Results 1 to 9 of 9

Thread: scams

  1. #1

    scams

    My Dad got a phone call yesterday from someone who claimed they were from Microsoft, and they were calling customers they were concerned had viruses infecting their computers. He had an Indian accent. He started throwing out ID numbers, computer ID numbers (?!?) and pushed my father to go to his computer and start running some programs.

    To make a long story short, this guy was clearly trying to access my Dad's computer from afar, and it was worrying to me that my father actually was following his directions until I stepped in....

    The same guy called back again later, urging us to follow his instructions, telling us our computer was in danger.

    We put the phone number of the guy who called into Google, and saw many people reporting this scam.

    You guys are all fairly savvy, but for those of you with older/vulnerable family members, let them know to watch out for this one.

  2. #2
    I agree with letting vulnerable family members know. This scam from India has been running in Australia for approximately 2 years and I have received at least 5 phone calls. On a couple of occasions I told them I didn't have a computer and then they abruptly end the call. On other occasions I have deliberately picked a fight with them about their practices and of course they hang up. They are well aware of what they are doing and probably getting paid a pittance but no doubt a lot of money from where they come. I guess they are desperate to escape their poverty and survival is a basic human trait. Not that I condone their actions but I can understand it.

  3. #3
    Everyone Be super careful of the IC3 threat

    Also lot's of phishing going on

  4. #4
    One of the popular ones that is still around is the fake anti virus, or fake virus notification.

    Suddenly you get a pop up ''' Mico Soft Anti Virus 2012 has detected a virus! 26 viruses found, click here to remove .." or something similar.
    The web page is designed that no matter what you try to click.. ok, no, close, or the x to close the window, it gives the command that you say it's okay to install.

    Either shut your computer off, or open task manager and close the browser without touching the browser. Never click on anything in the pop up window..
    Rick Brauer or just call me - Mr B

    http://www.riseadventures.org

  5. #5
    Quote Originally Posted by Rbrauer View Post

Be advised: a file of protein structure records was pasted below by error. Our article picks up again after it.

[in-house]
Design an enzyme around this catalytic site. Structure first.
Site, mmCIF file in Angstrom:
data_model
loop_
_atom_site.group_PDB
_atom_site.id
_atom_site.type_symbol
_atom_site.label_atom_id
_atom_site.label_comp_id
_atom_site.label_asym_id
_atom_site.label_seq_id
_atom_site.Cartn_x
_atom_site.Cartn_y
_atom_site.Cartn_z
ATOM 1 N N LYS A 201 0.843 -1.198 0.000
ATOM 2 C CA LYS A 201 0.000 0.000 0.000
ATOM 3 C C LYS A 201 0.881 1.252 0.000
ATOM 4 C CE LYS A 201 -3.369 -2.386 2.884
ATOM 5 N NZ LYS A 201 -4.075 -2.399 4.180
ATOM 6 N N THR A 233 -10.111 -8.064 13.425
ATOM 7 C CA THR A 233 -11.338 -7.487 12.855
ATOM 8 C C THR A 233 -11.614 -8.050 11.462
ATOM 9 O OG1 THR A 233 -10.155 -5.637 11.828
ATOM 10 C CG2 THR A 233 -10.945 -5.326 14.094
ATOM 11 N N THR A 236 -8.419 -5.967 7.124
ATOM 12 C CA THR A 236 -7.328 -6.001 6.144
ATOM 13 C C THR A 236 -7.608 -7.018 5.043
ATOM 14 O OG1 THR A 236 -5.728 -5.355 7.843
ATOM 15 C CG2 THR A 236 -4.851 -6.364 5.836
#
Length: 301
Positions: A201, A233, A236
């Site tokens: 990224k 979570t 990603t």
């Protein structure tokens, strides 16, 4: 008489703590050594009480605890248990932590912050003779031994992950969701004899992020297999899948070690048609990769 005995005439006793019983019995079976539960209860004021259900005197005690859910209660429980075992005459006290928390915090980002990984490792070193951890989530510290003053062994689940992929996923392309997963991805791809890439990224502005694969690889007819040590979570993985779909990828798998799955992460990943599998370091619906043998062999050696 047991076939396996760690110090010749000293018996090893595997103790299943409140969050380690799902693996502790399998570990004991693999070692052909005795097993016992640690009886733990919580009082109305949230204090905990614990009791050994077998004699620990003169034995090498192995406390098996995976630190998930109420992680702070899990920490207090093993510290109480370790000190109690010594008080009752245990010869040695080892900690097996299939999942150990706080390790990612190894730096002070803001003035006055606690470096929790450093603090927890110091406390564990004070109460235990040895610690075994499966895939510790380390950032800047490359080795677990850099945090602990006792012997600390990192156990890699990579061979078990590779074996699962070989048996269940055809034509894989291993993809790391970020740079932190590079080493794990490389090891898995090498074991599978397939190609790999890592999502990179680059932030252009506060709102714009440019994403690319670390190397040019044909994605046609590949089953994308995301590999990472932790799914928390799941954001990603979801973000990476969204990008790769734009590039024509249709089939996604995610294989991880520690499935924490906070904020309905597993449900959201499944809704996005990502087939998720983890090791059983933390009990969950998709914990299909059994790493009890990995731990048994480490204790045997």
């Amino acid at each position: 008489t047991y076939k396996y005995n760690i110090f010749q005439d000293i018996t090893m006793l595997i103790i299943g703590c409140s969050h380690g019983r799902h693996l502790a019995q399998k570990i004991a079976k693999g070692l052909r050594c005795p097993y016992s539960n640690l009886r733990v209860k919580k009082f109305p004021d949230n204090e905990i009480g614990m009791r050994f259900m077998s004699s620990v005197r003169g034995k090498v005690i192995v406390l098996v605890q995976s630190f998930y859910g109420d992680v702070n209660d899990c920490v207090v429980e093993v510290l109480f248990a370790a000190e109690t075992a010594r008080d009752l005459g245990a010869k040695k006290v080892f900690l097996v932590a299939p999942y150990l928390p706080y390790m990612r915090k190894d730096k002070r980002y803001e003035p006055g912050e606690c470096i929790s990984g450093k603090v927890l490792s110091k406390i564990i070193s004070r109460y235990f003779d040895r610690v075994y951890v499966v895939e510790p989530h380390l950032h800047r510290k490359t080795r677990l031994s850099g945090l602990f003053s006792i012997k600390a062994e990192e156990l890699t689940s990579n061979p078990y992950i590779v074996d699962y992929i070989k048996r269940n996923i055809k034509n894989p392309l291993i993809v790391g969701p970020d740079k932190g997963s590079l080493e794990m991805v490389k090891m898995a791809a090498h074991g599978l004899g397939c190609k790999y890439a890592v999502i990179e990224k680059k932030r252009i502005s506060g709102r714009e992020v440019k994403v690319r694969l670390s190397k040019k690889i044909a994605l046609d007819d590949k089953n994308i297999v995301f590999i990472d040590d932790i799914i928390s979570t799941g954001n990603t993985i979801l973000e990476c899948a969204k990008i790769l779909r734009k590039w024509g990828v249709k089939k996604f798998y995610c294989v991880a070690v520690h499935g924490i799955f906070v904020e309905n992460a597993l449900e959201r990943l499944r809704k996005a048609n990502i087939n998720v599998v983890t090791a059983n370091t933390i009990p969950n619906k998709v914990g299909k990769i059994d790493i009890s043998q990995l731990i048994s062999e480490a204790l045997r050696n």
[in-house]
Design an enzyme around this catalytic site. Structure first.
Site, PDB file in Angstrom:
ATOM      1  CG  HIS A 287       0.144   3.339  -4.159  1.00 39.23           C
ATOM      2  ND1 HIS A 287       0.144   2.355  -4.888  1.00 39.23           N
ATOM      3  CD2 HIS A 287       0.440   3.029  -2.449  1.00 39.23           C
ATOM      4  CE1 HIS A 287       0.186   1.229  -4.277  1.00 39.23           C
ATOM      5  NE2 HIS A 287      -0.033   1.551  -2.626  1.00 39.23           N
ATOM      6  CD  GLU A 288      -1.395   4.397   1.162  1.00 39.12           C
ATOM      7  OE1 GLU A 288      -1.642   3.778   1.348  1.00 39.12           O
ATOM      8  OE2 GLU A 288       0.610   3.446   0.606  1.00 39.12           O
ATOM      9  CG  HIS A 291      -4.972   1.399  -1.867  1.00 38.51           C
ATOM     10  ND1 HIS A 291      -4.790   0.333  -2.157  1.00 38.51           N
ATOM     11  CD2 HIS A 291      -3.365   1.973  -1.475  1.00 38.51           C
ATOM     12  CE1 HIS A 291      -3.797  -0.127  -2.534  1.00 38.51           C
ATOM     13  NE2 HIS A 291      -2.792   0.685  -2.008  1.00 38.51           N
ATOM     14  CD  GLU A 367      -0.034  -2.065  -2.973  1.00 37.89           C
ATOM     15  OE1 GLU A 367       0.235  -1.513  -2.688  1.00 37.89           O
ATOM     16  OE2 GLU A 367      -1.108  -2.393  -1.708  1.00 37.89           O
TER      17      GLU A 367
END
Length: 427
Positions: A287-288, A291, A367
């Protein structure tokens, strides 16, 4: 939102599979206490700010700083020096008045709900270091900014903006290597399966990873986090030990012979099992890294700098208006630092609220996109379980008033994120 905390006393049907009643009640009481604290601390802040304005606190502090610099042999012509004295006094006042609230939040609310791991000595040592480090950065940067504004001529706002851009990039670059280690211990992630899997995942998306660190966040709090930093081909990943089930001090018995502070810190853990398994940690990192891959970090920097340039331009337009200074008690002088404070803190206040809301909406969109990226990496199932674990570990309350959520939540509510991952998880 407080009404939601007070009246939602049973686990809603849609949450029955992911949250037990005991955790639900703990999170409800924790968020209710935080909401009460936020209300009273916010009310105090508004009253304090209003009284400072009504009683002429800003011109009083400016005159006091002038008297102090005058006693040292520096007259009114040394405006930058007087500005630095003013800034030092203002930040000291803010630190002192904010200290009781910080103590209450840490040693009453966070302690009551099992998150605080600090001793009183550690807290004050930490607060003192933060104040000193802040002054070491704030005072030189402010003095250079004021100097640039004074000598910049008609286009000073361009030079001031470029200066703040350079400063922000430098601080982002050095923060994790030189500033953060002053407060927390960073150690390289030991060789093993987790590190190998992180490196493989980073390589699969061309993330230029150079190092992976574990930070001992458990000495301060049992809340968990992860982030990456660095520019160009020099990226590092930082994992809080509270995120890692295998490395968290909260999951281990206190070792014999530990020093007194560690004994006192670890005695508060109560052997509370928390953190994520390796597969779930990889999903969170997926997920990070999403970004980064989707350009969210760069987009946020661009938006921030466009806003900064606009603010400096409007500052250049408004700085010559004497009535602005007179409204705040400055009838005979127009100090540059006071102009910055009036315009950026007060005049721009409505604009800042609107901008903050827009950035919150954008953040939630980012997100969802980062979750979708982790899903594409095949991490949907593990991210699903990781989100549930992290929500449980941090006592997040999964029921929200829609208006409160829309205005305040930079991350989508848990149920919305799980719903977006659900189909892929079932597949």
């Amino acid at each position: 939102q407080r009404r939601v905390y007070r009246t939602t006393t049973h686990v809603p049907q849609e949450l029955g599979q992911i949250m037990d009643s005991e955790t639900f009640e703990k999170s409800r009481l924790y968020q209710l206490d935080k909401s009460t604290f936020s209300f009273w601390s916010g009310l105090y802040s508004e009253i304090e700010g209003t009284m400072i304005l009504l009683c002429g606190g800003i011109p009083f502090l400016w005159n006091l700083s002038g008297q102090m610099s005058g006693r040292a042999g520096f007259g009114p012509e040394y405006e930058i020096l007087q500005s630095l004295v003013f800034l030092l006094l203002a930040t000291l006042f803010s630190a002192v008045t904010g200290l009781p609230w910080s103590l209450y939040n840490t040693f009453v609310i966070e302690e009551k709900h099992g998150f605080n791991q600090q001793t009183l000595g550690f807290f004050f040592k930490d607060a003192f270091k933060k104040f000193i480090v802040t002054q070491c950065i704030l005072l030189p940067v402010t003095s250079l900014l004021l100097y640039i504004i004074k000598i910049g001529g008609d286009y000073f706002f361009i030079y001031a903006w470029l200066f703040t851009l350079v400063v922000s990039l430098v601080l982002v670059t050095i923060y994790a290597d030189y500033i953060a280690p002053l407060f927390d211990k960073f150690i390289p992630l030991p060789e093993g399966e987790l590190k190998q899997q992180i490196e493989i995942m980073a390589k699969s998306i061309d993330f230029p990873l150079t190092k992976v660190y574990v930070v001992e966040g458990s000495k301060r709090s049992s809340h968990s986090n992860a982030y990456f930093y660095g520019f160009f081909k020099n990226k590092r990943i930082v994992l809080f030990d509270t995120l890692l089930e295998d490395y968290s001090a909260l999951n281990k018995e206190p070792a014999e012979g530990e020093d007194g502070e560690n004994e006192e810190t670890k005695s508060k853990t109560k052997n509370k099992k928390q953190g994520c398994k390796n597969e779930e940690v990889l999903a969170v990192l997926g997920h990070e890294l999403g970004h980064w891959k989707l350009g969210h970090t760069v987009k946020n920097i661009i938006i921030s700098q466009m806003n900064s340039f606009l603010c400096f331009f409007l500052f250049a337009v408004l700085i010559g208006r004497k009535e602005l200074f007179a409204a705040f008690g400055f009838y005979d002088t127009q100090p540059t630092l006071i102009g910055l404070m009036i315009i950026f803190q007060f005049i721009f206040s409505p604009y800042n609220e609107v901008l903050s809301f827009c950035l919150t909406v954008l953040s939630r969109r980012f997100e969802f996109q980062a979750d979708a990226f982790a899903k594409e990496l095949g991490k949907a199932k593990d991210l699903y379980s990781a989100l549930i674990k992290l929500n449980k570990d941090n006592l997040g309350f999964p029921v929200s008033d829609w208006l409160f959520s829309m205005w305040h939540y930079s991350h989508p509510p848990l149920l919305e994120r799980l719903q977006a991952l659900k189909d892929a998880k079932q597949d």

One of the popular ones that is still around is the fake anti virus, or fake virus notification.

    Suddenly you get a pop up ''' Mico Soft Anti Virus 2012 has detected a virus! 26 viruses found, click here to remove .." or something similar.
    The web page is designed that no matter what you try to click.. ok, no, close, or the x to close the window, it gives the command that you say it's okay to install.

    Either shut your computer off, or open task manager and close the browser without touching the browser. Never click on anything in the pop up window..

    Wow - what a useful warning. Thanks for this. I would have tried to close the window of course.

  6. #6
    Senior Member ZEN12many's Avatar
    Join Date
    Jun 2011
    Location
    Woodland, CA, USA Old male, T12 incomplete TM 2004
    Posts
    320
    I have gotten those calls from the guy with an Indian accent wanting to access my computer because of a virus it was supposed to have. And the guy knew my email address.

    I cuss him out and hang up but he calls back eventually and I cuss him out again.

    You can tell it's a scam; when you have a problem, how easy is it to get to an actual service tech; you always have to go through a million menus and wait 15 or more minutes. I assume if a service tech is calling me, unsolicited, it must be a scam.

    Whatever happened to the "do not call list"? It definitely must not be working anymore.
    TM 2004 T12 incomplete

  7. #7
    My mother also received one of these phone calls. Fortunately she hung up because she couldn't understand why they were calling. She checked with me afterwards to make sure it wasn't anything important and I told her it was a scam.

    They are getting sneaky!
    C5 injury with partial C6 function on left.

  8. #8
    I would play the guy. Listen to him but act stupid. I love playing that game. My mom recently did it with someone claiming she won X amount of money but he would need her checking account number first. It was something like that. You know the old gimme 500 bucks first for your 10k prize money.
    Wish I didn't know now what I didn't know then.
    Bob Seger

  9. #9
    Senior Member zagam's Avatar
    Join Date
    Jan 2007
    Location
    Western Australia - Hammer wielding daemon
    Posts
    619
    They now not longer need to exploit human wet strings. You can go to a JavaScript site and the have your credentials harvested by a TLS downgrade MITM attack.

    To call on the phone costs a few cents even in Asia.

    Sending a phish email via the bot net or modifying a popular site via SQL injection makes the cost per attack a miniscule fraction of a cent. I am now seeing our users details being exploited this way. Turn Java _and_ JavaScript off. Turn Flash off. Turn Adobe reader off. Don't open DOCX attachments or links is the latest. These are all exploited automatically in the wild.

Similar Threads

  1. nigerian email scams...
    By -scott- in forum Life
    Replies: 4
    Last Post: 01-28-2009, 09:22 PM
  2. scams and sex videos
    By adi chicago in forum Life
    Replies: 6
    Last Post: 09-22-2007, 12:32 PM
  3. Stem cell scams
    By Wise Young in forum Cure
    Replies: 8
    Last Post: 01-16-2005, 09:17 PM
  4. Look Out for These Online Scams
    By PN in forum Computers
    Replies: 3
    Last Post: 11-12-2003, 08:27 AM

Posting Permissions

  • You may not post new threads
  • You may not post replies
  • You may not post attachments
  • You may not edit your posts
  •